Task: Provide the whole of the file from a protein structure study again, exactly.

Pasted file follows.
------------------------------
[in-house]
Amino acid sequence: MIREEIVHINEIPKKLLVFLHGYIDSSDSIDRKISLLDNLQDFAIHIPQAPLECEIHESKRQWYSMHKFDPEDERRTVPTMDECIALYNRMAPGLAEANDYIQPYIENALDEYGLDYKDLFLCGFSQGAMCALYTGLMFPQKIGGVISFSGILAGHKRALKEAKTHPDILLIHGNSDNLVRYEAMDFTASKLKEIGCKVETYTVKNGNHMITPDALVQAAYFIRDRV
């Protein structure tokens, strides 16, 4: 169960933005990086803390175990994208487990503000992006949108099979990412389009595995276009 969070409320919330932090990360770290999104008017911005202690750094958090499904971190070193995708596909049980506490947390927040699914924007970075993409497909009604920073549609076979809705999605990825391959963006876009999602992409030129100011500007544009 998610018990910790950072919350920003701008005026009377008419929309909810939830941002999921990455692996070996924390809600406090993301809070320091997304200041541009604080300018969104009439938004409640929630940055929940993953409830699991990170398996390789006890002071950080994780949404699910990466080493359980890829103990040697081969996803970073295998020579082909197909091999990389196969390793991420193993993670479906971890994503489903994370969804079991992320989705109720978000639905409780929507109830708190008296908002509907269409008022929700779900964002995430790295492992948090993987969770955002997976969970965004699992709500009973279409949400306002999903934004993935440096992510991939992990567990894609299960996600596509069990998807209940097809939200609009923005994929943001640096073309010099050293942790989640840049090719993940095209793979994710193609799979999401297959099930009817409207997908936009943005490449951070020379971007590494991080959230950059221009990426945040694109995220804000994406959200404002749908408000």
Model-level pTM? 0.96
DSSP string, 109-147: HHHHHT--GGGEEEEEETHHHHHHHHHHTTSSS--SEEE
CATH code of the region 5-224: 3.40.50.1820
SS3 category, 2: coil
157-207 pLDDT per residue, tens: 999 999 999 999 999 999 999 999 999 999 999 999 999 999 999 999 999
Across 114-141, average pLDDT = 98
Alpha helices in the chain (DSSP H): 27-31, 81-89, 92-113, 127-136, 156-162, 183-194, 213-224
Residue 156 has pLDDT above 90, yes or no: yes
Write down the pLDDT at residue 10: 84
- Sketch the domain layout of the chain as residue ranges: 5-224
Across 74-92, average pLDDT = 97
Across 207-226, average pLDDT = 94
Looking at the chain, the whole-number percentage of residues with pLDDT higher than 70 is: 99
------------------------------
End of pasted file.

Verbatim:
[in-house]
Amino acid sequence: MIREEIVHINEIPKKLLVFLHGYIDSSDSIDRKISLLDNLQDFAIHIPQAPLECEIHESKRQWYSMHKFDPEDERRTVPTMDECIALYNRMAPGLAEANDYIQPYIENALDEYGLDYKDLFLCGFSQGAMCALYTGLMFPQKIGGVISFSGILAGHKRALKEAKTHPDILLIHGNSDNLVRYEAMDFTASKLKEIGCKVETYTVKNGNHMITPDALVQAAYFIRDRV
């Protein structure tokens, strides 16, 4: 169960933005990086803390175990994208487990503000992006949108099979990412389009595995276009 969070409320919330932090990360770290999104008017911005202690750094958090499904971190070193995708596909049980506490947390927040699914924007970075993409497909009604920073549609076979809705999605990825391959963006876009999602992409030129100011500007544009 998610018990910790950072919350920003701008005026009377008419929309909810939830941002999921990455692996070996924390809600406090993301809070320091997304200041541009604080300018969104009439938004409640929630940055929940993953409830699991990170398996390789006890002071950080994780949404699910990466080493359980890829103990040697081969996803970073295998020579082909197909091999990389196969390793991420193993993670479906971890994503489903994370969804079991992320989705109720978000639905409780929507109830708190008296908002509907269409008022929700779900964002995430790295492992948090993987969770955002997976969970965004699992709500009973279409949400306002999903934004993935440096992510991939992990567990894609299960996600596509069990998807209940097809939200609009923005994929943001640096073309010099050293942790989640840049090719993940095209793979994710193609799979999401297959099930009817409207997908936009943005490449951070020379971007590494991080959230950059221009990426945040694109995220804000994406959200404002749908408000």
Model-level pTM? 0.96
DSSP string, 109-147: HHHHHT--GGGEEEEEETHHHHHHHHHHTTSSS--SEEE
CATH code of the region 5-224: 3.40.50.1820
SS3 category, 2: coil
157-207 pLDDT per residue, tens: 999 999 999 999 999 999 999 999 999 999 999 999 999 999 999 999 999
Across 114-141, average pLDDT = 98
Alpha helices in the chain (DSSP H): 27-31, 81-89, 92-113, 127-136, 156-162, 183-194, 213-224
Residue 156 has pLDDT above 90, yes or no: yes
Write down the pLDDT at residue 10: 84
- Sketch the domain layout of the chain as residue ranges: 5-224
Across 74-92, average pLDDT = 97
Across 207-226, average pLDDT = 94
Looking at the chain, the whole-number percentage of residues with pLDDT higher than 70 is: 99